With a goal of resurrecting its dispute with Motorola Mobile, Apple has filed an appeal of the dismissal
of its standards-essential patents suit with the United States District Court for the Western District of Wisconsin. The appeal comes after this week's Federal Trade Commission consent order with Google, prohibiting the search engine from seeking or enforcing injunctive relief as long as any standards-essential rate-setting action is pending in court.
A bench trial was scheduled to start on November 5, but was cancelled
by Judge Barbara Crabb after Apple declared that it would take a license on court-determined terms only if the rate was not going to exceed $1 per device, or alternatively, if the court was going to also set a rate that Google would have to pay for Apple's standards-essential patents in accordance with negotiated rates for Apple payments to Google.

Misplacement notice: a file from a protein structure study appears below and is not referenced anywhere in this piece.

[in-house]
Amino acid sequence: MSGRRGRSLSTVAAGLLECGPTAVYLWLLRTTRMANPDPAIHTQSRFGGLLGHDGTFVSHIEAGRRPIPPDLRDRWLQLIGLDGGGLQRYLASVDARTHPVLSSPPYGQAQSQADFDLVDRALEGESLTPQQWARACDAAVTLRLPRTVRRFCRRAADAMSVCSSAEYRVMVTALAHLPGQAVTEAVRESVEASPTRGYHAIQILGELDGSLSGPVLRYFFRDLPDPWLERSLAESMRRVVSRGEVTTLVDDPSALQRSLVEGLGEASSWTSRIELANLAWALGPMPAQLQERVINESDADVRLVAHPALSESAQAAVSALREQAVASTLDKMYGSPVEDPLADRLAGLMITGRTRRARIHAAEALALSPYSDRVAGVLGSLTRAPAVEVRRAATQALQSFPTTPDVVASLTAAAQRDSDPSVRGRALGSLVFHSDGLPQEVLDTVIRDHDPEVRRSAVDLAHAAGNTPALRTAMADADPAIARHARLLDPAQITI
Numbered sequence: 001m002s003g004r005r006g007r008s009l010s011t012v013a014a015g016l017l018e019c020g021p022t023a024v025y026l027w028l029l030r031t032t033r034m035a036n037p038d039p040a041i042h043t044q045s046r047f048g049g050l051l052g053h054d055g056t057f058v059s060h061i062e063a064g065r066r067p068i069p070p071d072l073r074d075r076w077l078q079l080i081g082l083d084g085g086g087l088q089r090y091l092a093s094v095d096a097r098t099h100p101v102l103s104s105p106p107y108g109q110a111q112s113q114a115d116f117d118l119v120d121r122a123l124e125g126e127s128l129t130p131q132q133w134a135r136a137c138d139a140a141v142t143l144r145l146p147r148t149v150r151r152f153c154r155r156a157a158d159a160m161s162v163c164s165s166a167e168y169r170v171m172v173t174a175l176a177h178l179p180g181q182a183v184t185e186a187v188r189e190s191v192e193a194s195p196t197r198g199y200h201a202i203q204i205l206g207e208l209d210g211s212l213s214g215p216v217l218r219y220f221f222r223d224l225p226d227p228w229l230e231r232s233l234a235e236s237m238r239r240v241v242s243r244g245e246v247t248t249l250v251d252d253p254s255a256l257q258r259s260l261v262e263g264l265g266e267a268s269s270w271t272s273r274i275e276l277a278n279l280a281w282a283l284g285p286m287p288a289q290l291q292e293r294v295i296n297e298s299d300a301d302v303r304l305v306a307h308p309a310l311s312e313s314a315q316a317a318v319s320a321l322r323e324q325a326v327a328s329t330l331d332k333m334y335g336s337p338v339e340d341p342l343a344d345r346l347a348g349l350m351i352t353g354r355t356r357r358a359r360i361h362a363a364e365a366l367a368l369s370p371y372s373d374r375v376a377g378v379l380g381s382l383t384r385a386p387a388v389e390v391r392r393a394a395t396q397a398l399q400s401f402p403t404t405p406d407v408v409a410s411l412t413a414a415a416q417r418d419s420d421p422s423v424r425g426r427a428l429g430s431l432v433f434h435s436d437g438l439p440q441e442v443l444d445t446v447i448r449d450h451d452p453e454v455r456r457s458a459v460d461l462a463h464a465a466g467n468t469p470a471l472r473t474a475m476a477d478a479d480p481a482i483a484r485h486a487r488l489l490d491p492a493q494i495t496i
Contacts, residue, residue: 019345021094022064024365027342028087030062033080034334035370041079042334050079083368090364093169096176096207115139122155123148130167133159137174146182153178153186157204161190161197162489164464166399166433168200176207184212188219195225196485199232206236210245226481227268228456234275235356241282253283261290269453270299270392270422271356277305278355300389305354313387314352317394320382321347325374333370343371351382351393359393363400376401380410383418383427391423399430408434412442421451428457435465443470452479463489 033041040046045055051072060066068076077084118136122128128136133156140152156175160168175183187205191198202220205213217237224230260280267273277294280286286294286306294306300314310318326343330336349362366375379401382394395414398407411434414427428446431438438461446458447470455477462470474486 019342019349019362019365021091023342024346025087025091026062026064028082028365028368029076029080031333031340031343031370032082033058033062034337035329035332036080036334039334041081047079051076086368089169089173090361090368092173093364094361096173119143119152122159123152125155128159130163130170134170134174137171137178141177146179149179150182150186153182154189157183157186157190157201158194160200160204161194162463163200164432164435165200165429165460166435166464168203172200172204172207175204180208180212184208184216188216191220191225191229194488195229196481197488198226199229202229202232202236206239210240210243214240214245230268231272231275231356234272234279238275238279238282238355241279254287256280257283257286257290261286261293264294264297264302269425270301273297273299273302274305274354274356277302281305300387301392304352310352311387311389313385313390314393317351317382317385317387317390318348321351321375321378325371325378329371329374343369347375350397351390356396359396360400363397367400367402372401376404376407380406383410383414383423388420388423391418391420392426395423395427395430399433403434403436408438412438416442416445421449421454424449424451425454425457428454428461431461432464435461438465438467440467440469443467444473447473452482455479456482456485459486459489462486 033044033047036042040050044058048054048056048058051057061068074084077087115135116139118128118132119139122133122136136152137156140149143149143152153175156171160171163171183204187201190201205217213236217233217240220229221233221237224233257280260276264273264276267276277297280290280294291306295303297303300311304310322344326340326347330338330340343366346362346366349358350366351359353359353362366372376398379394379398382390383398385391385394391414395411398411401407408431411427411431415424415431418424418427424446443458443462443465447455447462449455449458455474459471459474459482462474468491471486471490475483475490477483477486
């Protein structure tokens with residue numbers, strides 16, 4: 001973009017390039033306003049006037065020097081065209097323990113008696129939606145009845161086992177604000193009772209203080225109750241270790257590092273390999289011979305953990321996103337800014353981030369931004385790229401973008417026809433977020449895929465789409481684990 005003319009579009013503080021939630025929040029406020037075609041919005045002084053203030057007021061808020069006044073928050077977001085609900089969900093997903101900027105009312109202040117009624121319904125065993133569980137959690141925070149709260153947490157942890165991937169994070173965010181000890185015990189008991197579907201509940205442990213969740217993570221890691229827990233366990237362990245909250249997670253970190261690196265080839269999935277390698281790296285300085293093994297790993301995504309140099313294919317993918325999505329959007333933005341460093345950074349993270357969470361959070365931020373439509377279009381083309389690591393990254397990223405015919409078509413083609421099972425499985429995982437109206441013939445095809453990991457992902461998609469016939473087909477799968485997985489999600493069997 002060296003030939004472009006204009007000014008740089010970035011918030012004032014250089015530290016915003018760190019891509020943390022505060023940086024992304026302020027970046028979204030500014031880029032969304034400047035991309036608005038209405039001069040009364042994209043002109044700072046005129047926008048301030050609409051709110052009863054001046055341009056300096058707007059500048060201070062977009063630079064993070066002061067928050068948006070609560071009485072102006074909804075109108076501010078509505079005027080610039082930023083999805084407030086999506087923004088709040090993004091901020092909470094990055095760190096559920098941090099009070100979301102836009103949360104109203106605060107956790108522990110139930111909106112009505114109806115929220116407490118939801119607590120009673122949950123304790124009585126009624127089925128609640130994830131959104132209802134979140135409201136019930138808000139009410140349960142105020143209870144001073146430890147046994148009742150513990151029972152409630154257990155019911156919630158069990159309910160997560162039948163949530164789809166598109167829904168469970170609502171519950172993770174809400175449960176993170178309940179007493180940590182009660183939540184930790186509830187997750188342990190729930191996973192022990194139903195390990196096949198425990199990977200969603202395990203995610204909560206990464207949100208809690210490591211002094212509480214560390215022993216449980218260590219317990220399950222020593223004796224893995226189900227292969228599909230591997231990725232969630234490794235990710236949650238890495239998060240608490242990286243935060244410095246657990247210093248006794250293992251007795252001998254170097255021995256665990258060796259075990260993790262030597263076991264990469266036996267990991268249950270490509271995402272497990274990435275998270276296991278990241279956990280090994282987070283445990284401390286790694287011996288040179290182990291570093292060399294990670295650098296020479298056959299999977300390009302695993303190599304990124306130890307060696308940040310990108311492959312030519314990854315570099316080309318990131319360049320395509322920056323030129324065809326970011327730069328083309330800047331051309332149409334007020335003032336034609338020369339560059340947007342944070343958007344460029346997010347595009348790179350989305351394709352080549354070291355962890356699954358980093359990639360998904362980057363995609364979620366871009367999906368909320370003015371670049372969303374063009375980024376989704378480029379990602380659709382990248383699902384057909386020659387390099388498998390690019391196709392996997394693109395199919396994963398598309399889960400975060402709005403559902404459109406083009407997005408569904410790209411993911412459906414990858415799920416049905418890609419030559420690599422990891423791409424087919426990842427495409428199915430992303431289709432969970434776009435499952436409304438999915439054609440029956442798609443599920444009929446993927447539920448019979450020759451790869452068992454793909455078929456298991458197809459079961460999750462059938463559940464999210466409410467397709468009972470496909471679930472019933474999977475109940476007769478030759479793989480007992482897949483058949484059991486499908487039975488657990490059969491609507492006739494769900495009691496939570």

Patent analyst Florian Mueller believes that "Apple's appeal could also re-raise its antitrust claims that Judge Crabb dismissed on summary judgment in August 2012. The FTC's settlement with Google does not preclude private parties, Apple in this case, from antitrust litigation over the same issues." It is unknown if Apple is going to pursue antitrust claims with a separate appeal.